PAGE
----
- Download Software From Reliable Sources: If you are downloading software, especially those available for free, it is critical to choose a reliable provider rather than whatever result pops up first on a Google search. Choosing a reliable source will minimize the chances of getting an ad injector in your software.
- Take Browser Warnings Seriously: Google has scaled its efforts in combating frauds of all kinds and warns users in case a website or file doesn’t seem trustworthy. Many other browsers, too, show certain warnings when users want to visit or download something shady. While the destination may not be malicious in nature, it is better to take the browser warning seriously.
- Avoid Companies With Bad Ad History: In this digital age, it is not hard to find if a company is doing ad fraud or not. As a concerned user, the rudimentary research that you can do about any software or browser extension is if its parent company is involved in ad fraud or injection.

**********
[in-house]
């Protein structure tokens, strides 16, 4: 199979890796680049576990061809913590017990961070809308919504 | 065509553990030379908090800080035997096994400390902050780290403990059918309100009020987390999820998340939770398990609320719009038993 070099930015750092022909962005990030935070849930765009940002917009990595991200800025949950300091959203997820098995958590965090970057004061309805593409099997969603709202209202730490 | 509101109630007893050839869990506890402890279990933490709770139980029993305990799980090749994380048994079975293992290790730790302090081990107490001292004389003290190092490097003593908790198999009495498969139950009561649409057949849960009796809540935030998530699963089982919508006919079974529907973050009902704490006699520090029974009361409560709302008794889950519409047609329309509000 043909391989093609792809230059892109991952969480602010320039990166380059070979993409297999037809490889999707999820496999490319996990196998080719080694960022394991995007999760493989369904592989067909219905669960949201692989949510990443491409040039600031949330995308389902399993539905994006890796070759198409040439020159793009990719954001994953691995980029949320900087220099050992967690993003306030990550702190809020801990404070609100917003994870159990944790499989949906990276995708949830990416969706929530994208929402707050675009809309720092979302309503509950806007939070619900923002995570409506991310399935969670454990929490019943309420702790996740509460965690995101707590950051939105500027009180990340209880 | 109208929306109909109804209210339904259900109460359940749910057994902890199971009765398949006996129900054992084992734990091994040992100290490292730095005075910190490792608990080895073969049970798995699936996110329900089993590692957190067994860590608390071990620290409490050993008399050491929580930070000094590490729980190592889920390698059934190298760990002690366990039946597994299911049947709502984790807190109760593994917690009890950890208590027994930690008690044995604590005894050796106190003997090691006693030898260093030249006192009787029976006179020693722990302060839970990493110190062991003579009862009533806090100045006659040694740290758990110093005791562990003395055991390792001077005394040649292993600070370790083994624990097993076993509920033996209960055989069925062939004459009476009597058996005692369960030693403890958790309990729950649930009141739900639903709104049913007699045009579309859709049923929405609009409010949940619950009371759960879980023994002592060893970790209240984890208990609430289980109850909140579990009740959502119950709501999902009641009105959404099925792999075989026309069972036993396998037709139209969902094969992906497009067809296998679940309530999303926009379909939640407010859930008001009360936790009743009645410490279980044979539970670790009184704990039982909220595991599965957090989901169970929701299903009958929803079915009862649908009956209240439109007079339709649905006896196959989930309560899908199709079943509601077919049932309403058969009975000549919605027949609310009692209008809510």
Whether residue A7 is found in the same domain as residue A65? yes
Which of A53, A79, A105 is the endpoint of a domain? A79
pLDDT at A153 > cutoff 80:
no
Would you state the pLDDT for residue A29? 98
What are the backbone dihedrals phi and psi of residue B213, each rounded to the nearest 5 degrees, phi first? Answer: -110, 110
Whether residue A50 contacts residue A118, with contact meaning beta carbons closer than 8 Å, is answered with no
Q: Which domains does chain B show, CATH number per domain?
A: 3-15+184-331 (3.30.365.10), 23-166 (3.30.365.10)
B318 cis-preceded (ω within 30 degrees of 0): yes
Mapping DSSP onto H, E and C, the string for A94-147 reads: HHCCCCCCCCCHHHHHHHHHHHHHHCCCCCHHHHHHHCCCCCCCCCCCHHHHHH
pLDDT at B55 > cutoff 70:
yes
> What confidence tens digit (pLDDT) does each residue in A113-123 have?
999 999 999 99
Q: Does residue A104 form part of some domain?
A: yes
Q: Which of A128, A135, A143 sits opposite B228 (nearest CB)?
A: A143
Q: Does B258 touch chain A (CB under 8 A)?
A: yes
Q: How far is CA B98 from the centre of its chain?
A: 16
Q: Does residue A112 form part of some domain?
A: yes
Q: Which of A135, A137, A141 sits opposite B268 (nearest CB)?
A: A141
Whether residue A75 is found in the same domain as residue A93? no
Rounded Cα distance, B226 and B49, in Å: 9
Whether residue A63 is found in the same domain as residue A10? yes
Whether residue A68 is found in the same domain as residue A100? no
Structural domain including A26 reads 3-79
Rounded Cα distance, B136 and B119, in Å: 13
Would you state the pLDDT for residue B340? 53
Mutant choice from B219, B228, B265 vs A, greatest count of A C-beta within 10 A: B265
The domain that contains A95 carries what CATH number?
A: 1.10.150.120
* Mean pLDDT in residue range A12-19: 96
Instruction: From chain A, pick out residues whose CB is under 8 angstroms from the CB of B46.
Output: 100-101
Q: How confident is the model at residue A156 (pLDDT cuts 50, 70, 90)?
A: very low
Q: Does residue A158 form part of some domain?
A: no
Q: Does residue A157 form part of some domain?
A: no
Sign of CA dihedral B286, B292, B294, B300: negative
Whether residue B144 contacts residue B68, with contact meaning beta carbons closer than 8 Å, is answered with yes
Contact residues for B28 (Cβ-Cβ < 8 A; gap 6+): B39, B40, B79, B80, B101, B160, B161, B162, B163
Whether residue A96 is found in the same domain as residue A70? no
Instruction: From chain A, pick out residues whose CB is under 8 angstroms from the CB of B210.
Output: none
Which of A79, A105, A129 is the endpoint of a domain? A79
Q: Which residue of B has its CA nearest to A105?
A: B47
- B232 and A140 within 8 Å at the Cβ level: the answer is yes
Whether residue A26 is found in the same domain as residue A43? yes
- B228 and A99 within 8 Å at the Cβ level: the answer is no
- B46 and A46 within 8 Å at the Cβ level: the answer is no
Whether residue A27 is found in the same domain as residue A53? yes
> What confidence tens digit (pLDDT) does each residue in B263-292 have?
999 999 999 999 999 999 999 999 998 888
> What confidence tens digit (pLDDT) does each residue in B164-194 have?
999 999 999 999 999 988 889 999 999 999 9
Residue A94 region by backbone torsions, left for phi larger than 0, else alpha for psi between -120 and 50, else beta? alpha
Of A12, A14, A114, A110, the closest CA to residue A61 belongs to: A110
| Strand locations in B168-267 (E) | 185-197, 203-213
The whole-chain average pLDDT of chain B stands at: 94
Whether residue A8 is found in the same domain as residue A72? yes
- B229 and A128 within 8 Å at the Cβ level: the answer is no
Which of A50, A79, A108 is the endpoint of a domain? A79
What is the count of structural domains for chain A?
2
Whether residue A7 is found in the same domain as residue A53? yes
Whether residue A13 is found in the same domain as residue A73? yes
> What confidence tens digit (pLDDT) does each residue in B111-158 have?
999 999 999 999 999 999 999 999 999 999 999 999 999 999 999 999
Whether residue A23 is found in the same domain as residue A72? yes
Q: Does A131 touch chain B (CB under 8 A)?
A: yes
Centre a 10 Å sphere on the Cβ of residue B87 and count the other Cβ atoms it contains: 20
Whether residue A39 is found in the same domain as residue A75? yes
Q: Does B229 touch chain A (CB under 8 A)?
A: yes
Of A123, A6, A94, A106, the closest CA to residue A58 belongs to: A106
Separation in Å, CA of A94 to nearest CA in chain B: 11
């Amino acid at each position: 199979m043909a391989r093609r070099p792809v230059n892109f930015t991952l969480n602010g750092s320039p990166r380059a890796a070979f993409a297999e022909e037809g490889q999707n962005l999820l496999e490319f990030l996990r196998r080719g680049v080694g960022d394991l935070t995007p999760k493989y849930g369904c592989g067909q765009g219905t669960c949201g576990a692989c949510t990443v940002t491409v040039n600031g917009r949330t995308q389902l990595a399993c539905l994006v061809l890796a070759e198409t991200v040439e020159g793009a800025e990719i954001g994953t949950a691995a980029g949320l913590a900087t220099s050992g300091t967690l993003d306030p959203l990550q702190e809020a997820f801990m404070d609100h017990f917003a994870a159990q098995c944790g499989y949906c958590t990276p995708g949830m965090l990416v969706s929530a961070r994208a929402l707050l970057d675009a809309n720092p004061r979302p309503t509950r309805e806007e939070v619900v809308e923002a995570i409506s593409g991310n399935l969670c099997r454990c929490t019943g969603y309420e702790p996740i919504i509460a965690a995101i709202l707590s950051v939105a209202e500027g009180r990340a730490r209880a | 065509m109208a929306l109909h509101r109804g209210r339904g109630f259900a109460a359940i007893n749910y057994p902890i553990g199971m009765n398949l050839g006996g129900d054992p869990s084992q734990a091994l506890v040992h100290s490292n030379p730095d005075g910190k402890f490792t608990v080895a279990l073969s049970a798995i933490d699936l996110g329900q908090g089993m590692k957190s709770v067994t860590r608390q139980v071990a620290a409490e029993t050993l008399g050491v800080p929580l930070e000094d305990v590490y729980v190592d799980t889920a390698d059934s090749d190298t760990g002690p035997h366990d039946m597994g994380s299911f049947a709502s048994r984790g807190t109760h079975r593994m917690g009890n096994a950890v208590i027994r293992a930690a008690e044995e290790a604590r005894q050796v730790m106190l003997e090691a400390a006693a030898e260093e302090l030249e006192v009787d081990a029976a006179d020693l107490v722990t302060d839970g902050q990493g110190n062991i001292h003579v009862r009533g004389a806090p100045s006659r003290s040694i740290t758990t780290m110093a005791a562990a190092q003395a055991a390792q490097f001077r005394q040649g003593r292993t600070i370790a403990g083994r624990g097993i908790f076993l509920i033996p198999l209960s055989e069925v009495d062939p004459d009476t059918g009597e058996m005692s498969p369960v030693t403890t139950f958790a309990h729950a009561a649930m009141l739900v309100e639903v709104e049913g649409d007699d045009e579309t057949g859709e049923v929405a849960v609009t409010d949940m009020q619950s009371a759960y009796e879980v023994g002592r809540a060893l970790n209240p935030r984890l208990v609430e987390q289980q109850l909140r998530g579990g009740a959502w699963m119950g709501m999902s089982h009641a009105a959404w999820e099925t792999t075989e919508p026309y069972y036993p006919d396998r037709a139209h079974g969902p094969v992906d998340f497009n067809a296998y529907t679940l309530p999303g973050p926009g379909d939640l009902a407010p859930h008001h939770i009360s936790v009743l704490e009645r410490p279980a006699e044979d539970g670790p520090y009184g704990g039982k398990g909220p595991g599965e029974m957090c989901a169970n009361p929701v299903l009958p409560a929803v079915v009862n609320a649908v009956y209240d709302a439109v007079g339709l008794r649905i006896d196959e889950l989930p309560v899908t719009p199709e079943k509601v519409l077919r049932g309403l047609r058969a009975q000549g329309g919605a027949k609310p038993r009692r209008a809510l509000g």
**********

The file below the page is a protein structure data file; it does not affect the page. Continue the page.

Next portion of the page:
Ad injection has been a persistent problem for a large part of the last decade. As the digital landscape changed and everything moved online, ad injection has spread its wings across the globe. Publishers, advertisers, users, software providers, developers, and nearly everyone else is actively trying to fight malicious elements from ruining the ad experience.
Ad injection is a huge problem for advertisers, publishers, and users alike, and each fragment of the ad process needs to be cautious to truly limit the spread of ad injection. The easiest way to ensure a smooth online experience is to follow the rules and ensure that ad services are more transparent for everyone.
At AdSparc, we offer a suite of next-generation tools to accelerate publisher growth, enabling them to catalyze their revenue. Trusted by over 200 renowned publishers across 50 countries, publishers can leverage the best-in-class technology to offer a high-quality ad experience to users through high-quality advertising partners.